Our Lord enters the city and looks up to behold the tax collector out on a limb from a large sycamore that spreads over the street just so he can see Christ. Without much fanfare the Saviour invites him come down and tells him He wants to be in his home that day. During this personal encounter with Christ, Zacchaeus confesses and repents his sins and the Lord eagerly announces, "Today salvation has come to this house" because "The Son of Man has come to search out and save what was lost."
Christ is the pre-eminent reconciler of sinful and separated mankind with the Father and the sacramental Mystery He establishes for the formal act of reconciliation in the Church when sin severs us from the life of Christ and His Body, the Church. Because reconciliation is the way to communion with our God when that very communion is broken by sin, it is often referred to in the traditional life of the Church as a renewal of baptism, or as the reestablishment of that condition of life with the Creator which was given us in the basic and elementary sacramental Mysteries of inauguration into Christian life. It is a restoration of our condition at the time of creation, when without sin, we were able to approach our God and have intimate communion with him. And the proud, wealthy and accomplished Zacchaeus is willing to climb a tree and go out on a limb to obtain it!
As believers, we know that not every sin requires the necessity of formal penance through the sacramental ritual. This becomes obvious since Christians are never completely without sin. Certain grave sins or the prolonged separation from holy communion, however, do call for the grace of reconciliation. Christians living in communion with Christ are eager to make use of the treasure of this sacramental Mystery periodically to humble themselves consciously before God and to receive guidance in Christian life from their spiritual father, who is generally pastor of the parish in which they commune. It is the fundamental appreciation of believers that sacramental penance is necessary for those receiving Holy Communion when they commit grave sins or when they have been separated from the eucharistic meal for a long time. Absence from the celebration of the Divine Liturgy is one of the greatest offenses man can hurl at his Creator, and is therefore a grave, grave, grave offensive sin. Being present from worship actually means from beginning to end, from the first Amen to the last Amen.
The sacramental Mystery of Reconciliation in the Church exists to allow for repentance and reconversion of Christians who have lapsed, and fallen away from the life of faith. We call this Mystery that of Reconciliation simply because of how St. Paul describes it. "This means that if anyone is in Christ, he is a new creation. The old order has passed away; now all is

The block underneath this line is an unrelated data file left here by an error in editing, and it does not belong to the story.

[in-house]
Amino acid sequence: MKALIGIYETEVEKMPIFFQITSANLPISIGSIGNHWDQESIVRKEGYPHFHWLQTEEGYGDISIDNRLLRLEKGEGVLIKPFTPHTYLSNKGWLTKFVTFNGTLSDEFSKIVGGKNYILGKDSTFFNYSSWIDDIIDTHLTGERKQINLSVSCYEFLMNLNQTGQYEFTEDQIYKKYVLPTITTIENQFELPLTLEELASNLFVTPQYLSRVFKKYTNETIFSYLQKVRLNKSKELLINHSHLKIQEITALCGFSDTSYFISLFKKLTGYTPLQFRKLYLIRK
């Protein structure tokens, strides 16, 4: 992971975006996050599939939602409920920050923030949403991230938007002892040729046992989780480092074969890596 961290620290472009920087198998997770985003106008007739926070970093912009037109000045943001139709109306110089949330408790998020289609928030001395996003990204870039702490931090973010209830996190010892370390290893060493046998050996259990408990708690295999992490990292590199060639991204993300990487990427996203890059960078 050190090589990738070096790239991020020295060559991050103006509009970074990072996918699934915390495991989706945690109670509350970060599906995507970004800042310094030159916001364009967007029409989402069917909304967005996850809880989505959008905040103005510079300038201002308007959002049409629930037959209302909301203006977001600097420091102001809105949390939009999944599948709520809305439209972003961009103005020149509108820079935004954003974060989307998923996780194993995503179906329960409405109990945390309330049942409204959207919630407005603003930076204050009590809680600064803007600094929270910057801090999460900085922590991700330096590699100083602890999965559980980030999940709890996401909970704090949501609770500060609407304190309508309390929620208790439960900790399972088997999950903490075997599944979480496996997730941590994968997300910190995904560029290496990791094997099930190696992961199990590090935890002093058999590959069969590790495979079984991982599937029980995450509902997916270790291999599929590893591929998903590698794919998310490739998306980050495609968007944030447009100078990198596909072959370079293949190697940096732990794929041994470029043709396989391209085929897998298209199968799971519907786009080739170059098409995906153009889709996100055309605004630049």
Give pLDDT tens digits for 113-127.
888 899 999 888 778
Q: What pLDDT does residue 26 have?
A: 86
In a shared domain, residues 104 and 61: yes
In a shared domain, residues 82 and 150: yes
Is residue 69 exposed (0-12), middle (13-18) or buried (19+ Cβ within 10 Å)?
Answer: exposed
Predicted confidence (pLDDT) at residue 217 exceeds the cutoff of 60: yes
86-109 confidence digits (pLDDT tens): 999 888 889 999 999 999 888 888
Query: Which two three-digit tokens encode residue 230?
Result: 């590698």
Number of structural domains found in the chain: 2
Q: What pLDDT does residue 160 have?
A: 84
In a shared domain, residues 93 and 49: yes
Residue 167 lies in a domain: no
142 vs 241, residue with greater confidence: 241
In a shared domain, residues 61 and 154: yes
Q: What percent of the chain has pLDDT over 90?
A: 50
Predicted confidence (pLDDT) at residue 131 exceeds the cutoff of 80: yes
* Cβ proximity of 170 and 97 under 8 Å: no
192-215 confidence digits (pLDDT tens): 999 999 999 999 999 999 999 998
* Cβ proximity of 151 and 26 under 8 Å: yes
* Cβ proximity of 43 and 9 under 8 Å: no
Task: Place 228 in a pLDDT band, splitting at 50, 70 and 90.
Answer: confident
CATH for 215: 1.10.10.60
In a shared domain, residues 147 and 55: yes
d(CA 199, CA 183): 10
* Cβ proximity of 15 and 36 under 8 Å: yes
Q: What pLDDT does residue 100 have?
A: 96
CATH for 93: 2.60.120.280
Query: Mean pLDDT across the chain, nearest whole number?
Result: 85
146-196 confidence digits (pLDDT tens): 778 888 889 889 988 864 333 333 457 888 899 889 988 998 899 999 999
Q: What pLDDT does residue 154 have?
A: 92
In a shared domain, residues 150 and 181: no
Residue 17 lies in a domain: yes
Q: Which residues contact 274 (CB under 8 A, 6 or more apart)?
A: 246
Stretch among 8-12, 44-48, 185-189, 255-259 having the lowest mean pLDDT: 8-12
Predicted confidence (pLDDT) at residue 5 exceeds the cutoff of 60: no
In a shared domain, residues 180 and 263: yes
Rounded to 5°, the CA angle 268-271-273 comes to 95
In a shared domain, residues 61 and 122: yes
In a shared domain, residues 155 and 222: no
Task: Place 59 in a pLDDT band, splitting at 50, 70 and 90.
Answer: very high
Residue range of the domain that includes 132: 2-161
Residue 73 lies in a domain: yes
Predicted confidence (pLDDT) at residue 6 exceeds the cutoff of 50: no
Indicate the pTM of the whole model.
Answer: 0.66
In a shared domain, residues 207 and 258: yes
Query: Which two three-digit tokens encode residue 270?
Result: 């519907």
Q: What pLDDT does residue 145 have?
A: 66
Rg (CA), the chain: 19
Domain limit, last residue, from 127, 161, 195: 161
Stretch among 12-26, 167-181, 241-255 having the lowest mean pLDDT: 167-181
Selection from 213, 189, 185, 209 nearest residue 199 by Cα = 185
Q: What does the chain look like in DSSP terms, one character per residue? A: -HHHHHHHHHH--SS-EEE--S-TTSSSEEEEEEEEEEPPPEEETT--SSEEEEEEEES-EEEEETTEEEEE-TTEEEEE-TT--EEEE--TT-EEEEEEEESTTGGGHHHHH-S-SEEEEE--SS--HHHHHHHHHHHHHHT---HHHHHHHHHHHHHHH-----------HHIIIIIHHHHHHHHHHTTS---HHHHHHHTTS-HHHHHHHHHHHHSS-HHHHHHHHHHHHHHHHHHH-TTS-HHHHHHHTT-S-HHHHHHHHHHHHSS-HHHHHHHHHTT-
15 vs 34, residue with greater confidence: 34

Popularly, we have called this mystery by a number of names, confession, penance, contrition, but these are but separate formal individual parts of the overall Mystery. The first is sincere sorrow for sin and for breaking communion with our heavenly Father. The second is an open and heartfelt confession of sin. At one time this confession was public in the midst of the Church, but in recent times it is usually done only in the presence of the spiritual father who represents the entire believing community and God in offering pardon. The third element of this mystery is the formal prayer of absolution through which the forgiveness of our heavenly Father through Christ is sacramentaly formally imparted to the repentant sinner. Thus reconciliation is achieved from sin to sinlessness, from offense to pardon, from separation to unity of faith.
Fulfillment always consists in the reception of the Eucharist and genuine reconciliation of the repentant sinner with God and believing man according to the commandments of the Lord. From this there obviously follows the necessity of a sincere attempt by the penitent to refrain from sin and remain in faithful obedience to God in uprightness of life.
Of course this sacramental Mystery, like all the rest is a vital element in the life of the Church which presupposes a firm belief and conviction that Christ himself is present in the Church by grace of the Holy Spirit. Christ is the Church and the Church is Christ! A person without the experience of Christ in the Church will never understand the meaning of sacramental reconciliation and the need for confession of sin. When the Church is known and understood and experienced as new life in Christ and as genuine communion with God in his kingdom already present with man in sacramental mystery, then not only will sacramental confession of sin be understood, but be appreciated, as well as cherished as a sacred mystery of our loving God which is the unique possibility for reunion with our Creator after we have so willingly severed and broken it. It is understood as the means to save sinners who confess their sin and who sincerely desire to change their lives according to the way which God has ordained for us.
Consequently, it must be understood that Orthodoxy, the Body of Christ strictly adheres to the teaching of God's revelation to us in Scripture that only God can forgive sin, but that He eagerly does so through Christ in the Church, that his conditions are genuine repentance and promise of change which are witnessed by the actual confession and confession by definition is the open and public acknowledgement of sin before God and all mankind. This is what Zacchaeus did today as he slid down the tree. This is what we are called to do in our own circumstance of life.